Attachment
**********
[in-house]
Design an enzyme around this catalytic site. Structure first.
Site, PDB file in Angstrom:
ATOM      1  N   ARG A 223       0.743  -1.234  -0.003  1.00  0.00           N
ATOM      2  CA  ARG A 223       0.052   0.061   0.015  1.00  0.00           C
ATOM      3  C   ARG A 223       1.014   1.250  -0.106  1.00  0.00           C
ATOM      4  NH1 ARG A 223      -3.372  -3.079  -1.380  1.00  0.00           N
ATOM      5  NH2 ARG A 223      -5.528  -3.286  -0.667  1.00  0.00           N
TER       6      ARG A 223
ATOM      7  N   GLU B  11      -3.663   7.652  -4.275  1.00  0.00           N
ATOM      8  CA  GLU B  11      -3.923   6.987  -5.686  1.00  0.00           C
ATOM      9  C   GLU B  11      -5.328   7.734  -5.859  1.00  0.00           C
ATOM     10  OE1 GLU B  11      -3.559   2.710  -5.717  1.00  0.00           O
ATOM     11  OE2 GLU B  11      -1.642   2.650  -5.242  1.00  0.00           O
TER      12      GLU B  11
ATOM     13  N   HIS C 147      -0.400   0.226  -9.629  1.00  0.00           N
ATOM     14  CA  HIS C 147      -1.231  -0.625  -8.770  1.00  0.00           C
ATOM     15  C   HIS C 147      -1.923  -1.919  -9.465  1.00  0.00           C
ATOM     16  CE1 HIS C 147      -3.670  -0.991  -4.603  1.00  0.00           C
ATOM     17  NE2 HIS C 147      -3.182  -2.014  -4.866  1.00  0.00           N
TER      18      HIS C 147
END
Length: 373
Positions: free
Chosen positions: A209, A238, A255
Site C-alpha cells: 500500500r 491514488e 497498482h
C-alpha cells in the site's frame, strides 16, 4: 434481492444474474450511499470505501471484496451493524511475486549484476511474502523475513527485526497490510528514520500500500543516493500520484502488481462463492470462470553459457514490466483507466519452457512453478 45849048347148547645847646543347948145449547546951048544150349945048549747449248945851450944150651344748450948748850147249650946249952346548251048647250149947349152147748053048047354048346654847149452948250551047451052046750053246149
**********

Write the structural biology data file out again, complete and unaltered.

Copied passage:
[in-house]
Design an enzyme around this catalytic site. Structure first.
Site, PDB file in Angstrom:
ATOM      1  N   ARG A 223       0.743  -1.234  -0.003  1.00  0.00           N
ATOM      2  CA  ARG A 223       0.052   0.061   0.015  1.00  0.00           C
ATOM      3  C   ARG A 223       1.014   1.250  -0.106  1.00  0.00           C
ATOM      4  NH1 ARG A 223      -3.372  -3.079  -1.380  1.00  0.00           N
ATOM      5  NH2 ARG A 223      -5.528  -3.286  -0.667  1.00  0.00           N
TER       6      ARG A 223
ATOM      7  N   GLU B  11      -3.663   7.652  -4.275  1.00  0.00           N
ATOM      8  CA  GLU B  11      -3.923   6.987  -5.686  1.00  0.00           C
ATOM      9  C   GLU B  11      -5.328   7.734  -5.859  1.00  0.00           C
ATOM     10  OE1 GLU B  11      -3.559   2.710  -5.717  1.00  0.00           O
ATOM     11  OE2 GLU B  11      -1.642   2.650  -5.242  1.00  0.00           O
TER      12      GLU B  11
ATOM     13  N   HIS C 147      -0.400   0.226  -9.629  1.00  0.00           N
ATOM     14  CA  HIS C 147      -1.231  -0.625  -8.770  1.00  0.00           C
ATOM     15  C   HIS C 147      -1.923  -1.919  -9.465  1.00  0.00           C
ATOM     16  CE1 HIS C 147      -3.670  -0.991  -4.603  1.00  0.00           C
ATOM     17  NE2 HIS C 147      -3.182  -2.014  -4.866  1.00  0.00           N
TER      18      HIS C 147
END
Length: 373
Positions: free
Chosen positions: A209, A238, A255
Site C-alpha cells: 500500500r 491514488e 497498482h
C-alpha cells in the site's frame, strides 16, 4: 434481492444474474450511499470505501471484496451493524511475486549484476511474502523475513527485526497490510528514520500500500543516493500520484502488481462463492470462470553459457514490466483507466519452457512453478 45849048347148547645847646543347948145449547546951048544150349945048549747449248945851450944150651344748450948748850147249650946249952346548251048647250149947349152147748053048047354048346654847149452948250551047451052046750053246149